Higher rate represents huge threat to Wales’ competitiveness
Wales is facing a huge potential blow to its competitiveness as a trading location as a result of the forthcoming rating revaluation, with the business rate from April onwards set to be a massive 11% higher than in England.
Although the Welsh business rate for 2017/18 is yet to be announced, a summary of the 2017 revaluation assessments published by the Valuation Office Agency implies a tax rate of 52p up from 48.6p this year; in comparison, the English equivalent will actually fall from 48.4p currently to 46.7p.
The news puts into sharp focus the disadvantage that Welsh businesses will face relative to their English counterparts, with a tax rate some 11% higher than will be applied over the border. The full impact of next year’s revaluation will be revealed on Friday when the draft rateable values become available.
Helen Edwards, a rating expert based at Gerald Eve’s Cardiff office, said: “For Welsh firms to face a rate of tax some 11% higher than their English rivals is unsustainable. They are not asking for special treatment, merely to operate on a level playing field. They will pay the price for an unfair system that treats businesses as a cash cow to be milked.”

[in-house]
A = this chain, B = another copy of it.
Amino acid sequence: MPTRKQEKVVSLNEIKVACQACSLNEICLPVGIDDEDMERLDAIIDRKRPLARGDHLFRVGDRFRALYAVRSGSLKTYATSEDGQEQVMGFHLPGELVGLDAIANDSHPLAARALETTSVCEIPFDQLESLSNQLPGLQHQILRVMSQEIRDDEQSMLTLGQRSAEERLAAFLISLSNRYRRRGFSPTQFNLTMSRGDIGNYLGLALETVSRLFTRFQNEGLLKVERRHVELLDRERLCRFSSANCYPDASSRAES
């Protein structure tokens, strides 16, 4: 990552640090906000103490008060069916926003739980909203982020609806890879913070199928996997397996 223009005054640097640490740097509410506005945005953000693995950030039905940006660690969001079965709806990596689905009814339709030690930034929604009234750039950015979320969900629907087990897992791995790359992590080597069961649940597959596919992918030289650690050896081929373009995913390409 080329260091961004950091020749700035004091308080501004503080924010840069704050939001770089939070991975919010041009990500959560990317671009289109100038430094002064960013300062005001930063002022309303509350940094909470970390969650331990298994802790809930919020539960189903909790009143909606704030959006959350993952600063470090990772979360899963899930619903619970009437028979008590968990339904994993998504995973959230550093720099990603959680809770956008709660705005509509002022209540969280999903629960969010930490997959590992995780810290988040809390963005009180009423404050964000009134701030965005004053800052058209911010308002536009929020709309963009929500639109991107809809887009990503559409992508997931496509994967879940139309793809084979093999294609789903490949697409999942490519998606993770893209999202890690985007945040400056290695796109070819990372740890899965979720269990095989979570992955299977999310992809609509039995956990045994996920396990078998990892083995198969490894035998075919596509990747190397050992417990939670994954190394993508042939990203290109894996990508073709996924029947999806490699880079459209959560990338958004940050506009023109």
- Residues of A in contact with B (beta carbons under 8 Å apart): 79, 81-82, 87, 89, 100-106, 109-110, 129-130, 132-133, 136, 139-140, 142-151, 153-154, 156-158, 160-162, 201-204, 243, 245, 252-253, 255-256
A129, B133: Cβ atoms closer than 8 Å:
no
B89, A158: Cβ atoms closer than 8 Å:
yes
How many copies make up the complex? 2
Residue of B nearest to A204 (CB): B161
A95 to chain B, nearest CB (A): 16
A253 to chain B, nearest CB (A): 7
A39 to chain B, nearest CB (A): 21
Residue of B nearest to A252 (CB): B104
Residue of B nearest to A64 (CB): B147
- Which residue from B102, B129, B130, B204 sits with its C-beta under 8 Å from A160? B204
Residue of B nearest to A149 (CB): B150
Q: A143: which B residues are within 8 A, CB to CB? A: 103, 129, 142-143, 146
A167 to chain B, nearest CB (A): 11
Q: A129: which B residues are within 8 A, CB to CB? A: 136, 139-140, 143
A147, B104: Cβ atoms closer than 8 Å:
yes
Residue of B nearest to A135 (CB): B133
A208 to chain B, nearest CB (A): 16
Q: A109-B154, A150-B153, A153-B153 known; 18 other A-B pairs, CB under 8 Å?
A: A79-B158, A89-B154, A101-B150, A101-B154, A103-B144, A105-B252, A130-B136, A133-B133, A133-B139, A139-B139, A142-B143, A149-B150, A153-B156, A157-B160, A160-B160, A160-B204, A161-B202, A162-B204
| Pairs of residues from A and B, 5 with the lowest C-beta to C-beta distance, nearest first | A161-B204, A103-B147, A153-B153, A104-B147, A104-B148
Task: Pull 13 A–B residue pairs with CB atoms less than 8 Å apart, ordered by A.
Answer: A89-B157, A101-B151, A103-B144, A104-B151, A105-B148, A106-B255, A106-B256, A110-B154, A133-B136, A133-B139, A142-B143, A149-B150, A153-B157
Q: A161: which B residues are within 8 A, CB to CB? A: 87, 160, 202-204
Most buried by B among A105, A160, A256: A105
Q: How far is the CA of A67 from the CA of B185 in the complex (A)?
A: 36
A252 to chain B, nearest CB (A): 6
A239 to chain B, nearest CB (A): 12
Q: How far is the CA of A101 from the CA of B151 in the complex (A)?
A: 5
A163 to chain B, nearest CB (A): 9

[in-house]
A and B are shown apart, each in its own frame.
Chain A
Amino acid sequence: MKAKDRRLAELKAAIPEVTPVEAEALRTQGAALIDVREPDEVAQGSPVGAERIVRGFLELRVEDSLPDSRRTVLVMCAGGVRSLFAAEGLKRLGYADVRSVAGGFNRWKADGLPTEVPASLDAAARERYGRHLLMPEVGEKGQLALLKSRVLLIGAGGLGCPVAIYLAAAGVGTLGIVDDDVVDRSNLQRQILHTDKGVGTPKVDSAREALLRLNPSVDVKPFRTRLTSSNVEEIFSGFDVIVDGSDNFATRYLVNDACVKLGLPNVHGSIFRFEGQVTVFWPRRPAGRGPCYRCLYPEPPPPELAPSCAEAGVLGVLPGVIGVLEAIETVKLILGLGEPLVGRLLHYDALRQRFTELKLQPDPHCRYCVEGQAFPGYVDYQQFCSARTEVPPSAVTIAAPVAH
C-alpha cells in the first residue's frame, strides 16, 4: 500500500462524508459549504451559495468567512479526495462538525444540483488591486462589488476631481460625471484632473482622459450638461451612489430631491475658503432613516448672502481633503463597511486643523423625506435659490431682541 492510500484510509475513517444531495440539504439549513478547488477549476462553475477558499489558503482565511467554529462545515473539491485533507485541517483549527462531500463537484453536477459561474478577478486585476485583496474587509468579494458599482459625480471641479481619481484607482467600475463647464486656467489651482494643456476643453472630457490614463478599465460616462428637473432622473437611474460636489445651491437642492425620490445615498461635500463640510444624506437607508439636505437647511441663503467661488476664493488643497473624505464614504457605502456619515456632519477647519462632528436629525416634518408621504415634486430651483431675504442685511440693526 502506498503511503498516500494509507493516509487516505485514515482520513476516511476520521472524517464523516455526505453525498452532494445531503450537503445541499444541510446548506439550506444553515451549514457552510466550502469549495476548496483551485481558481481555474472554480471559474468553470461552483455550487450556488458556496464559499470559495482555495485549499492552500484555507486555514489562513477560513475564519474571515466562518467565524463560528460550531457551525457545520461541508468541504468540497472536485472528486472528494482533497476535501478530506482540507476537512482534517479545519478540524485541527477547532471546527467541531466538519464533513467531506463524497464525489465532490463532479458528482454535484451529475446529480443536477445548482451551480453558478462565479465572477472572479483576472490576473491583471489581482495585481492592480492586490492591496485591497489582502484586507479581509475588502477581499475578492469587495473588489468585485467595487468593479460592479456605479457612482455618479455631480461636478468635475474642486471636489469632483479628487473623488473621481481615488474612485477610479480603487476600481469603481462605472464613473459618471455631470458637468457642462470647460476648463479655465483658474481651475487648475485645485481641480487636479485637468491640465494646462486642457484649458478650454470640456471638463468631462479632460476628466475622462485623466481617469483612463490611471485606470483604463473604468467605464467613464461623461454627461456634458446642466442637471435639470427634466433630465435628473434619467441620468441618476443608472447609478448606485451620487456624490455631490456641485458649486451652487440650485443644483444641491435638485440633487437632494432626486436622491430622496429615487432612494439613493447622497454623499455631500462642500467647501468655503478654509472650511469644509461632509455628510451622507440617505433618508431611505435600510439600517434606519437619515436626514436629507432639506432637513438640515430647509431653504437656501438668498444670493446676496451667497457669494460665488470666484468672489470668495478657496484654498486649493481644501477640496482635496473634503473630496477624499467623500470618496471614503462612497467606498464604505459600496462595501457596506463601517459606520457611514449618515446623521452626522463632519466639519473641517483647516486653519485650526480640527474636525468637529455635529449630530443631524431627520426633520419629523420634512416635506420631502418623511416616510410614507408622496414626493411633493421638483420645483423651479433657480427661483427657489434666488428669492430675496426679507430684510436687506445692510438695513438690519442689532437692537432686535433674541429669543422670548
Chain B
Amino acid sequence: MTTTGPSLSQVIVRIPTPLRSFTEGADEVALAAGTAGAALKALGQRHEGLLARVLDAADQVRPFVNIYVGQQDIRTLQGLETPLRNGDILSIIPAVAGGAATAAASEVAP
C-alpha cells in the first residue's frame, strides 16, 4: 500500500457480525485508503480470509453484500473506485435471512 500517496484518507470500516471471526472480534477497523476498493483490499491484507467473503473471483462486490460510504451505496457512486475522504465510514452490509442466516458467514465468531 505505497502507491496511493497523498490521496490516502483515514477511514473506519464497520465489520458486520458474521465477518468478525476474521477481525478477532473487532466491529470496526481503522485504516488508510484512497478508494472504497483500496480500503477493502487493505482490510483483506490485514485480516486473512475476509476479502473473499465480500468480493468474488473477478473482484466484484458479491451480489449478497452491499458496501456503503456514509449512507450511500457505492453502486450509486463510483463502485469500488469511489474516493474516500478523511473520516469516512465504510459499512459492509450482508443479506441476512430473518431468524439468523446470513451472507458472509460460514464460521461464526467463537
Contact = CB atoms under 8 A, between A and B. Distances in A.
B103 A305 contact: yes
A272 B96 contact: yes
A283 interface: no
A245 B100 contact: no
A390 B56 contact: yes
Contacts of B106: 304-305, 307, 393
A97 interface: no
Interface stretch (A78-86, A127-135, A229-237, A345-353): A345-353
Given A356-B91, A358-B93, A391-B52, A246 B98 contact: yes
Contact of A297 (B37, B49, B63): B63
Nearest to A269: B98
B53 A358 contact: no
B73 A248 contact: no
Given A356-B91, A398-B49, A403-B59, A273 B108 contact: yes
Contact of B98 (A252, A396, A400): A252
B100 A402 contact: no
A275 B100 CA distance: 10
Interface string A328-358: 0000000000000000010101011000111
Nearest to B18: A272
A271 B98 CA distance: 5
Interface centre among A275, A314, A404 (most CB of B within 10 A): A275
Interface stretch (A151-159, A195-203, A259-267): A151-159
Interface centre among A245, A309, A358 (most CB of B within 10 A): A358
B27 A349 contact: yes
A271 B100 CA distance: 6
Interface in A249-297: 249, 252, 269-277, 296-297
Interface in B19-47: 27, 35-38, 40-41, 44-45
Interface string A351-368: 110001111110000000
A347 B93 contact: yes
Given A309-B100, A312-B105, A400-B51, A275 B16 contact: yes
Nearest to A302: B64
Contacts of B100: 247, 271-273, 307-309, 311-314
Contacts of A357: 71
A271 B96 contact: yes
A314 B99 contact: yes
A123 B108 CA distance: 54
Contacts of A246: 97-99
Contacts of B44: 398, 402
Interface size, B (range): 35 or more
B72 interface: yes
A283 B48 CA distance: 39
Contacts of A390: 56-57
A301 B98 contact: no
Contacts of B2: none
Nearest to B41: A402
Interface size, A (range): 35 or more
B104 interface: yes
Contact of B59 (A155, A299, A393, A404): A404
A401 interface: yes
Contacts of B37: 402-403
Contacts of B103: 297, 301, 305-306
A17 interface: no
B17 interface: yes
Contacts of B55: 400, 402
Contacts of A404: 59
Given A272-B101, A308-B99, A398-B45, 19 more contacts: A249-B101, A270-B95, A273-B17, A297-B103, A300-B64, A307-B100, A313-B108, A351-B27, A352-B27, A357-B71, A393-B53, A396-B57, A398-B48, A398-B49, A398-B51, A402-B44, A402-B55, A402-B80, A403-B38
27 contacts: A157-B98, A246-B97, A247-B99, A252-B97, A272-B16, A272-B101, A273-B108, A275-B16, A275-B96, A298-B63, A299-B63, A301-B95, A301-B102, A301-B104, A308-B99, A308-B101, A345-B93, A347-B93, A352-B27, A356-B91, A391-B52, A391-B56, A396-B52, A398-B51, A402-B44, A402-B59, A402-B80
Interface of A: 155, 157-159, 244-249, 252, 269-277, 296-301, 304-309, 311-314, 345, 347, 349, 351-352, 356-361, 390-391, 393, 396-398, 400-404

Although the devolution of business rates to Wales, which was implemented fully last year, ostensibly gives the country control over its own rates bills, the requirement for overall revenues to remain the same in real terms after the revaluation has led to the predicted rise. The Government in England has been able to reduce the UBR because property values in London have continued to increase through the recession and businesses there will pay more, but without London the revaluation is going to hurt more in Wales than England.
Helen Edwards continued: “To have such a huge disconnect between the business rates of England and Wales is clearly a sign of system in desperate need of reform. The overall burden needs to be lower, but there also needs to be more harmonisation between the two countries. It is all well and good talking about devolved power, but in practice it is Welsh businesses who are paying the price, putting them at significant disadvantage.”